Toxic Shock

Starting a meth lab takes little skill or cash. The cleanup is another story.

"Why did we ever think this would go away?" she asks. "You don't need to go to the border. You walk to your corner store, you steal everything you need to manufacture it off the shelves, and you go home and cook it. When it's that easy, why would it go away?"

Since taking command of the task force three years ago, Moriarty has become one of the most vocal anti-meth warriors in the state, inveighing against the labs and the hazards they present. She's pushed for tighter controls on the supplies used to make meth, stricter cleanup standards and tougher penalties for cooks who put children at risk of chemical contamination. Prompted by Goin and others, she's also required supervisors as well as field officers to undergo training on exposure issues and the use of protective equipment; cumbersome chemical suits and respirators are now standard gear for the task force on every lab entry.

"What scares me the most are the unknowns," Moriarty says. "As a commander, I want to know twenty years from now that none of my guys are dying of cancer or liver disease because I did a terrible job of protecting them."

The meth-and-acid spill above was found by North 
Metro during a hotel raid -- and the electrical wire 
snaking through the spill was plugged in when officers 
The meth-and-acid spill above was found by North Metro during a hotel raid -- and the electrical wire snaking through the spill was plugged in when officers arrived.
You’re soaking in it: Lab raiders are well suited for 
most cleanup jobs.
You’re soaking in it: Lab raiders are well suited for most cleanup jobs.

While other police departments have adopted similar measures, North Metro has a reputation for being exceptionally safety-minded. They've had plenty of opportunities to use their training; the task force, which investigates drug cases in eight north-metro-area jurisdictions, has been a leader in uncovering labs over the past six years, outpacing even Denver. Statewide, the number of labs raided soared during that period: 31 in 1998, 150 in 1999, 264 in 2000, 452 in 2001.

More recent figures, though, show the lab busts leveling off. In 2002, law-enforcement officials across Colorado shut down just sixteen more labs than they had the year before; right now, agencies in the Denver area are finding about the same number of labs, or fewer, than they did last year (although a surge of raids in Colorado Springs may yet produce another record year). But Moriarty and her colleagues say the numbers only show that resources are being "maxed out" by the never-ending battle.

"A dropoff today means absolutely nothing," says Jim Gerhardt, a former member of North Metro who now serves as the clandestine-lab coordinator for the Rocky Mountain High Intensity Drug Trafficking Area, a federal task force. "It could skyrocket tomorrow. I guarantee you that every task force has more intelligence about labs than the physical ability to go after them."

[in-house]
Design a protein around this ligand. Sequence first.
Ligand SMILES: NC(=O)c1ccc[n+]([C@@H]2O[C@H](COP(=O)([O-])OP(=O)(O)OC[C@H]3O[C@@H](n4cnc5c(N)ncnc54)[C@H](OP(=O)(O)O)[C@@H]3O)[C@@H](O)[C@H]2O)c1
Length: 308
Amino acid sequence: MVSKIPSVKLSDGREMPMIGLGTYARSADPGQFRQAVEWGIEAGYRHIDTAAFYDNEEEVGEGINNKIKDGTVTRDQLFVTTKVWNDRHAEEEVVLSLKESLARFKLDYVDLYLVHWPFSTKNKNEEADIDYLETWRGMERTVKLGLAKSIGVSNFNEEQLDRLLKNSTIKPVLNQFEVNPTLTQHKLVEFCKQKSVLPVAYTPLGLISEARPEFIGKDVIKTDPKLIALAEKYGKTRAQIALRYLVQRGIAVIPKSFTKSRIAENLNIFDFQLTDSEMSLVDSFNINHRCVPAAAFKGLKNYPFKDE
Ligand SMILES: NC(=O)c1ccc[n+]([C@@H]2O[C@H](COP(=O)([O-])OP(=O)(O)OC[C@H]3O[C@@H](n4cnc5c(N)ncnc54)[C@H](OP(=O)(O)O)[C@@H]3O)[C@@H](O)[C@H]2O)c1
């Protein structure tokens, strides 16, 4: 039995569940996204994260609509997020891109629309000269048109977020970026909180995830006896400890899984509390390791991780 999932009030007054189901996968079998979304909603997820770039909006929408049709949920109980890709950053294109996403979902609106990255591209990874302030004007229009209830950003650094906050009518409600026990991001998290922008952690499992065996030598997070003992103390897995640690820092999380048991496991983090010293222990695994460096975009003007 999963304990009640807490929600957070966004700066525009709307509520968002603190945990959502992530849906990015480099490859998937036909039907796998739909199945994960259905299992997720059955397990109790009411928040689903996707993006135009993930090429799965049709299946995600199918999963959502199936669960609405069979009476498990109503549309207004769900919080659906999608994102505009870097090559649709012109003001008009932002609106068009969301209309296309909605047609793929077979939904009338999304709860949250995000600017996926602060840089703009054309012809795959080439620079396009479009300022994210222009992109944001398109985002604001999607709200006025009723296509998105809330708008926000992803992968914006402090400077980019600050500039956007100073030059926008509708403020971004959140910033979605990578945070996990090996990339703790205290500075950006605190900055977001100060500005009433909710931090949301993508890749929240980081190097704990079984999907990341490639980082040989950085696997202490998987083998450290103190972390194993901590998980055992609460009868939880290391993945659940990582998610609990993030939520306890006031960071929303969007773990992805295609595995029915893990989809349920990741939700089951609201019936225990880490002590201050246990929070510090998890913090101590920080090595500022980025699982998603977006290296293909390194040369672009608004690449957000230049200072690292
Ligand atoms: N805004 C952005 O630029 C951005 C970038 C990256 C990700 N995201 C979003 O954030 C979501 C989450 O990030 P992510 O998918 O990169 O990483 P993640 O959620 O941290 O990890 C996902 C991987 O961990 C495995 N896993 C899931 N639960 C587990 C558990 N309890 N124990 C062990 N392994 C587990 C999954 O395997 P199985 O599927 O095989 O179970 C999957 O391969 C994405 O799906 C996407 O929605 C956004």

Using the kind of hyperbolic math that is frequently employed in reports on the drug war, federal officials have estimated that only one in ten meth labs is ever detected. Despite the unprovable nature of such an assertion, the prospect of thousands of labs operating in Colorado has spurred legislators to take action, enacting a series of new laws designed to give cops more muscle in the fight. One measure allows investigators to file child-abuse charges against parents who expose their children to lab operations. Another makes it easier to arrest suspected operators who may not actually have cooked any meth, based simply on the presence of "precursor" ingredients, lab equipment and the intent to manufacture.

The escalating war on meth has also received prominent play in the local media, which has been eager to educate the public on the dangers of "death bags" -- trash bags or plastic containers that contain deadly vapors, such as phosphine gas, produced during the cook -- and other atrocities. Conveniently, on the same day that the Colorado Senate approved the drug-endangered-children bill last March, North Metro discovered a meth lab in an Adams County home, arrested two adults and took an eight-year-old girl into protective custody. Lab busts involving children tend to draw plenty of ink and cameras.

Despite the scary statistics and the hype, not everyone has joined the bandwagon. Owners of rental properties and apartments question the current push for onerous cleanup standards and have opposed efforts to require disclosure of past meth-lab activity if a property is put up for sale. Police believe that motel operators aren't reporting every suspected meth lab on their premises, out of fear of crushing cleanup costs and lost revenues -- even though such tactics could result in lawsuits from subsequent customers who may unwittingly spend their vacation in a still-toxic den. Even some of the meth warriors on the front lines have begun to question the kinds of burdens associated with aggressive enforcement and long-term cleanup costs.

"We are probably assuming a lot more liability and responsibility than we need to, quite frankly," says Glenn Grove, team coordinator for the Adams and Jefferson County Hazardous Response Authority. "If this is a problem that society recognizes, it's going to come with a bill."

A former Jeffco sheriff's deputy and bomb expert who now spends all his time on haz-mat issues, Grove recognizes that meth labs are dangerous environments, but he is wary of classifying them as hazardous-waste dumps. He praises Moriarty and other police commanders for taking steps to protect officers who have to work in such places; at the same time, he also sees mounting social costs and strained budgets arising from the new laws and strict cleanup policies.

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